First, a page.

General Motors Continues To Claim It Shouldn’t Be Liable For Ignition Switch Lawsuits

General Motors made it clear several months ago that it would use its 2009 bankruptcy to shield itself from liability in lawsuits regarding the now massive ignition switch defect recall. Yesterday the carmaker reiterated its stance that it can’t be held responsible for the bad behavior of the “Old GM.”

Reuters reports the company, which faces 130 lawsuits over accidents and lost vehicle value related to the recall, filed a brief saying that plaintiffs in the cases were trying to re-litigate issues that had been aired and resolved five years ago during the company’s bankruptcy hearing.

“Plaintiffs resurrect the same failed arguments as the creditors before them made in seeking payments from New GM for Old GM’s liabilities,” the brief said.

GM’s argument hinges on its belief that when it filed for bankruptcy during the recession its restructuring plan – which included selling its assets, brands, logos, and trademarks to a new corporate entity called NGMCO Inc. (now known as “General Motors”) – absolved it from many of the liabilities of the “old” GM.

Even though the recall did not occur until 2014, the defective part itself was fixed before the bankruptcy. So while GM is going to fix all those defective vehicles, it maintains that it can’t be held liable in the class action suits being filed over the defect.

Many of the lawsuits filed against GM include allegations of fraud and cover-ups at the car maker, which knew about the defect as far back as 2001 and didn’t do anything about it until 2007, and still continued to hold off on a recall through early 2014.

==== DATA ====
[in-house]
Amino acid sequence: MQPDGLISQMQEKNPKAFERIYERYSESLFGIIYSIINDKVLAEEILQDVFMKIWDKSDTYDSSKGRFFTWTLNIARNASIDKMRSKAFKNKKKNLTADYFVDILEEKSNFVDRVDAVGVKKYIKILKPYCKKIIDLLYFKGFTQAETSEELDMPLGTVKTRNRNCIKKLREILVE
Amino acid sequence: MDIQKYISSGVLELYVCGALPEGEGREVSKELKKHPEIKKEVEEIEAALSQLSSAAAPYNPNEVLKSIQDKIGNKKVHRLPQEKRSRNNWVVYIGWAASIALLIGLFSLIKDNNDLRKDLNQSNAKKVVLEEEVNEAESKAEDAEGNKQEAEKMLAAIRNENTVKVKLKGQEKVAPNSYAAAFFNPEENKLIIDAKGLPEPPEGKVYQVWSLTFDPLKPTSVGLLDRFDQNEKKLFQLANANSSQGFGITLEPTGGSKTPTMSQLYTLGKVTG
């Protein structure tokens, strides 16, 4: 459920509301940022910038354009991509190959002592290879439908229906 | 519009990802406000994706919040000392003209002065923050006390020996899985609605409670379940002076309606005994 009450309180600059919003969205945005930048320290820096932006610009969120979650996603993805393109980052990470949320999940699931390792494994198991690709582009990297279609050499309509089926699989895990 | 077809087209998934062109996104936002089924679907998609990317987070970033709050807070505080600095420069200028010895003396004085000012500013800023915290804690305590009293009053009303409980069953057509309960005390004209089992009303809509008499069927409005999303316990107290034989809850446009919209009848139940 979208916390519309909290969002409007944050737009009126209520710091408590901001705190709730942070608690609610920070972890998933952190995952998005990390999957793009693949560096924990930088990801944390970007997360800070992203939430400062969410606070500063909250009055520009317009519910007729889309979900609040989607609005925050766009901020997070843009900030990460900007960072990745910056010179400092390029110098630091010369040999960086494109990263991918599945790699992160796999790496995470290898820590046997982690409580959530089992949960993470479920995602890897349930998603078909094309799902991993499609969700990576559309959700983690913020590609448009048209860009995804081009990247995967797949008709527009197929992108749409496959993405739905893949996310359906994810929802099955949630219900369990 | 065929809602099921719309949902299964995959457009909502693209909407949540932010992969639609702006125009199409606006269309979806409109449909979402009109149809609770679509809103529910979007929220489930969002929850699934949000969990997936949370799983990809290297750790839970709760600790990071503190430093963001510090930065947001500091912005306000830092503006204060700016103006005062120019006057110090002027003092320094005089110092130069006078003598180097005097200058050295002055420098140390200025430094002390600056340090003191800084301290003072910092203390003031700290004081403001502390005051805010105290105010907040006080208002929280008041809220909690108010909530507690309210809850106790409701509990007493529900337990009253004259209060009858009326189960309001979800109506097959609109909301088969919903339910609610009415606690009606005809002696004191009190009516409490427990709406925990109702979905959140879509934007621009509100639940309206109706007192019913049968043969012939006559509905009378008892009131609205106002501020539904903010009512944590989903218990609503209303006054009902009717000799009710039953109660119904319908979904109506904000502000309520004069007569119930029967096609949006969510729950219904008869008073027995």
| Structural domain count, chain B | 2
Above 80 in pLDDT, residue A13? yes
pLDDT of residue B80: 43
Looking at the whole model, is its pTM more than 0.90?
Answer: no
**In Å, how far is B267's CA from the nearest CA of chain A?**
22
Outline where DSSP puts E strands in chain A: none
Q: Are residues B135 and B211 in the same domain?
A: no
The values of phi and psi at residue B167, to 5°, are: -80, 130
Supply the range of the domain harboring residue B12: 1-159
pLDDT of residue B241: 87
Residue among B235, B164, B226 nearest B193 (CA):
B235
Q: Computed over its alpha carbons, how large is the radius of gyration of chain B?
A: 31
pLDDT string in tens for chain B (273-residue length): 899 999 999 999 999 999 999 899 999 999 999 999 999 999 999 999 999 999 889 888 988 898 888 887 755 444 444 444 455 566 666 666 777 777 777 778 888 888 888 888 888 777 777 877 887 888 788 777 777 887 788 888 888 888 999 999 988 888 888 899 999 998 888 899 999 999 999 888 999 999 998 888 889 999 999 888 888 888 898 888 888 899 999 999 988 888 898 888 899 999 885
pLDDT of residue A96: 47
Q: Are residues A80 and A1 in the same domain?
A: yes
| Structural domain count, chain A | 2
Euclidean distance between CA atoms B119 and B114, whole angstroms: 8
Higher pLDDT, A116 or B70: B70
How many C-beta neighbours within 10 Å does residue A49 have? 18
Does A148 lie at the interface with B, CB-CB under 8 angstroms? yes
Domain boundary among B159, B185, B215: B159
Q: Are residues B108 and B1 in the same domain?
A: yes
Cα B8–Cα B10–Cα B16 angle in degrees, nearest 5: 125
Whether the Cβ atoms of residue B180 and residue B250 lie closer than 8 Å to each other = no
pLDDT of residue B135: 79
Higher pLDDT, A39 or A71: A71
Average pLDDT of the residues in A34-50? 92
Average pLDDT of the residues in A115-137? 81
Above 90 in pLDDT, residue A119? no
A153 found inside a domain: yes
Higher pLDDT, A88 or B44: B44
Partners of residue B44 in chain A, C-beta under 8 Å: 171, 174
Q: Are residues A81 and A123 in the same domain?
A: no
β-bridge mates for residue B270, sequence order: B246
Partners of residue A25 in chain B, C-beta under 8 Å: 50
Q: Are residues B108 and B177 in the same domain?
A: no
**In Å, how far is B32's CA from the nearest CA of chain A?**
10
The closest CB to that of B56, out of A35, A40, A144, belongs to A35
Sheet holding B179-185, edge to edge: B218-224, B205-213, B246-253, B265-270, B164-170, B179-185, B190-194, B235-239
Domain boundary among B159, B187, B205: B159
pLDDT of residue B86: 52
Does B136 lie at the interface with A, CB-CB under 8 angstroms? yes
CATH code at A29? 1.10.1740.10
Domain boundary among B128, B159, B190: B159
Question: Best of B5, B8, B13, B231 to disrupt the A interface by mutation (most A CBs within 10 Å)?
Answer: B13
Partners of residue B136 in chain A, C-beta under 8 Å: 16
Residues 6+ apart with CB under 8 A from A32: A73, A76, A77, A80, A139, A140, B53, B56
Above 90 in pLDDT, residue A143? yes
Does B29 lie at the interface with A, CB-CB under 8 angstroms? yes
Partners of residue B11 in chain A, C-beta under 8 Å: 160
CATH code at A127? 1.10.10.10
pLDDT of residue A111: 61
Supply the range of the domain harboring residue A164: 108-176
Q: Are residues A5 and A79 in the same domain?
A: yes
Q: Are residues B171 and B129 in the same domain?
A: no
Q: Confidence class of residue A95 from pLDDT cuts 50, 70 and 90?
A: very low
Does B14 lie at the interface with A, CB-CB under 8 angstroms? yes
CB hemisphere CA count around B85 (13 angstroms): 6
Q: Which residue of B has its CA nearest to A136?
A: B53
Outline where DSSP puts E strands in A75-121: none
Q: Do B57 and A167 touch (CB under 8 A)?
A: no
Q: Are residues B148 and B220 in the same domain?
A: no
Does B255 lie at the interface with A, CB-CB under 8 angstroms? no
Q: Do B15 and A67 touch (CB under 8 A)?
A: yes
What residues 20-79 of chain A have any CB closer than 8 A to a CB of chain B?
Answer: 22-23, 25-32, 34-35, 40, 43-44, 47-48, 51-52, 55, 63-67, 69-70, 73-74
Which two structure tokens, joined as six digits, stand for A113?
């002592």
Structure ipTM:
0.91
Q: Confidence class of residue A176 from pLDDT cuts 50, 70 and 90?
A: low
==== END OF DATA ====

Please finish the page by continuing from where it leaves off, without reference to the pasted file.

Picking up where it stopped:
Back in April, GM asked the federal bankruptcy court to prevent cases related to vehicles made before 2009 from going forward, based on its belief that terms of the sale of the older vehicles put liability squarely on “old” GM.

However, plaintiffs’ lawyers have asked the court to rule that the bankruptcy doesn’t protect the company because consumers were not informed about the problems at the time and had no chance to argue during the bankruptcy proceedings.

Just two months ago, plaintiffs in cases against GM received a boost in their fight when a federal judge directed GM to turn over all documentation, including information already submitted to Congress and an internal investigation. However, the order only pertained to accidents that occurred after the automaker became the “new” GM.

In Wednesday’s brief, GM rejected the argument that plaintiffs’ didn’t have notice of the bankruptcy sale and stressed that none of its action constitute fraud against the bankruptcy court, Reuters reports.

A spokesperson with GM says the company believes its position is consistent with federal law and legal precedent.

The lead lawyer for the plaintiffs tells Reuters he was expecting the new filing.

“I say bring it, we will beat it,” he says.

GM tells court it not liable for claims over pre-bankruptcy cars [Reuters]